5 percent

Five percent.

According to the World Health Organization (WHO) and the World Bank, five percent of the world's children have a significant physical or mental disability.

This is not an insignificant sum. It represents tens of millions of children worldwide.

Yet, from the very narrow vantage point of one's own back yard, having a child with a disability can be extremely isolating.

Even in this age of blogs and listserves and online social networks galore.

Yes, there exist an abundance of means to communicate with other adults who have children with disabilities. We can network - and doing so is vital for information sharing and community building - and we can engage in group walks and play dates and substantive workshops.

Yet, for all of this interconnection, when you give birth to a child with a serious disability, you feel terribly, painfully alone. I speak from personal experience of course and don't pretend to speak for every parent out there who has gone through a similiar situation. Yet, I gather from my discussions with other parents with children with disabilities that many of you out there have felt similarly.

I guess it's feeling that your child already, before even being able to perceive the world around her or introduce herself to it, has been labled by society as "the other." The One Not Like Us. Different. Special. Delayed. Slow. Disabled.

And, in truth, my daughter is many of those things. Yet, she is none of them, too. She is unique and glorious and gorgeous and happy and kind and engaging and intelligent and curious and adorable and gentle and I could go on and on.  Every day she presents to us a new gift or facet of her personality that we did not know the day before.

Yet, from day one I have had the sense that her life will consist of largely looking from the outside in. Not quite separate but never really fully a part.

But, I am slowly learning that perhaps that is me I am talking about- me as the parent of a child with a disability - and not really her at all.  Emma has a community of family and friends. She is embraced everywhere we go. Her father calls her our little Ambassador, because wherever we go, she attracts smiles and kind words and affection and really the most warmth I have ever experienced from strangers.

A few weeks ago, we traveled as family to Spain. We were in Madrid, stepping out of a cab, to go into our hotel on the Plaza de la Independencia.  If you've been to Madrid, you know this Plaza- it's large, circular, highly trafficked, and at the entrace of the Parque del Retiro and near the major museums.  It is in the heart of Madrid. 

We walked out of the cab and while my husband and Emma's grandmother were gathering other items, I held Emma and looked toward the hotel.

I was frozen- captivated by a framed poster in front of our hotel entrance.

On it was the picture of a young girl, smiling from ear to ear. She had Down syndrome. I was stunned- what a coincidence. I said look Emma, look at the pretty girl.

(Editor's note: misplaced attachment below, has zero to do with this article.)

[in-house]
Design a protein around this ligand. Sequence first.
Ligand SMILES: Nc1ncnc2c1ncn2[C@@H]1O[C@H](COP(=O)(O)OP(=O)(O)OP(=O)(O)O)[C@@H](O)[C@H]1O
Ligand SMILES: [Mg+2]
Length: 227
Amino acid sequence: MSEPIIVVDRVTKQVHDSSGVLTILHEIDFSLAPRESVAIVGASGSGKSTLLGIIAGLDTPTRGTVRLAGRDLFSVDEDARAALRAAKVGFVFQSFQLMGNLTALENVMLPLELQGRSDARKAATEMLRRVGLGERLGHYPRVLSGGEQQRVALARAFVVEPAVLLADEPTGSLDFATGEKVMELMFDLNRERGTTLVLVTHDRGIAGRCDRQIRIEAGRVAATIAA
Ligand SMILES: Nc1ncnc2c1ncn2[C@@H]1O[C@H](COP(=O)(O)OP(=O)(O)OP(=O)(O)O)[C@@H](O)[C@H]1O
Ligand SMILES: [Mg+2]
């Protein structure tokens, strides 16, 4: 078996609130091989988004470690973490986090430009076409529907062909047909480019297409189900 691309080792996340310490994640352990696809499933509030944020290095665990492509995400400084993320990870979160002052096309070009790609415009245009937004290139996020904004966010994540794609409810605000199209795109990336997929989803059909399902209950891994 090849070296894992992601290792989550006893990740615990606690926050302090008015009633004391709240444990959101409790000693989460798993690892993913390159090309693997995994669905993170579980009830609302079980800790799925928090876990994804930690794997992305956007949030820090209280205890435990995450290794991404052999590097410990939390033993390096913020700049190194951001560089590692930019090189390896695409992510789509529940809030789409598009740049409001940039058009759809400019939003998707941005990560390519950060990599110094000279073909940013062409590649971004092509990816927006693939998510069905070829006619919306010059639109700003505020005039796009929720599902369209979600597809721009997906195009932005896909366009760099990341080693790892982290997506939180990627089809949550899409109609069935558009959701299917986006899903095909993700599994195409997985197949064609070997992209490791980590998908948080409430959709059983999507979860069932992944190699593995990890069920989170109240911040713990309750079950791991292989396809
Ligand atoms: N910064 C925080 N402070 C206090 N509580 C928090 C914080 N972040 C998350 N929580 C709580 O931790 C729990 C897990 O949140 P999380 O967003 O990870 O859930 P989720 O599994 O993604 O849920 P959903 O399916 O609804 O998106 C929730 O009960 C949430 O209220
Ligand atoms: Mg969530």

Emma was unphased. But, I was rattled.

Then when I turned to say something to my husband, there was a mother and father, strolling by looking at the picture. In their stroller was a child with Down syndrome. The mother asked me how old Emma was. Her daughter was two. We chatted briefly about their different heart conditions. She wished me well. I did the same.

I looked at my husband in awe- how could this be?

Then, I looked farther ahead and saw dozens of photos on large posters scattered throughout the Plaza- pictures of infants and young girls and boys, of pre-adolescents, all children living in and around Madrid whose parents were part of the Down Syndrome Network of Madrid and who wanted Madrilenos- and all those who visited Madrid - to see their children not for their diagnosis, but for their beauty, their talents, their youthful innocence, their humanity. To see beyond the physicality of their diagnosis and see their essence.

I walked the entire plaza. My husband did the same, taking photos of the exhibit. I ran across various families of children with Down syndrome, some of whom were pictured in the exhibit and standing proudly in front of their photo. 

I cried openly and happily.

I have never, in Emma's first year of life, ever felt more of a sense of community, understanding, acceptance, or appreciation than I did in that moment. 

Perhaps that is because I felt that Emma was not separate. Not the "other" but instead part of a large, beautiful world where others who looked like her and struggled similar struggles as her were, for a brief moment in time, in the majority. They were the ones on the posters - not fashion models.

After staring at the 120 photos long enough, watching people eat and drink and chat around them, it started to feel like the norm - like images of people with Down syndrome was common place and "normal."

It started to feel like as a parent of a child with Down syndrome, I was in the norm, I was OK.

That is community.

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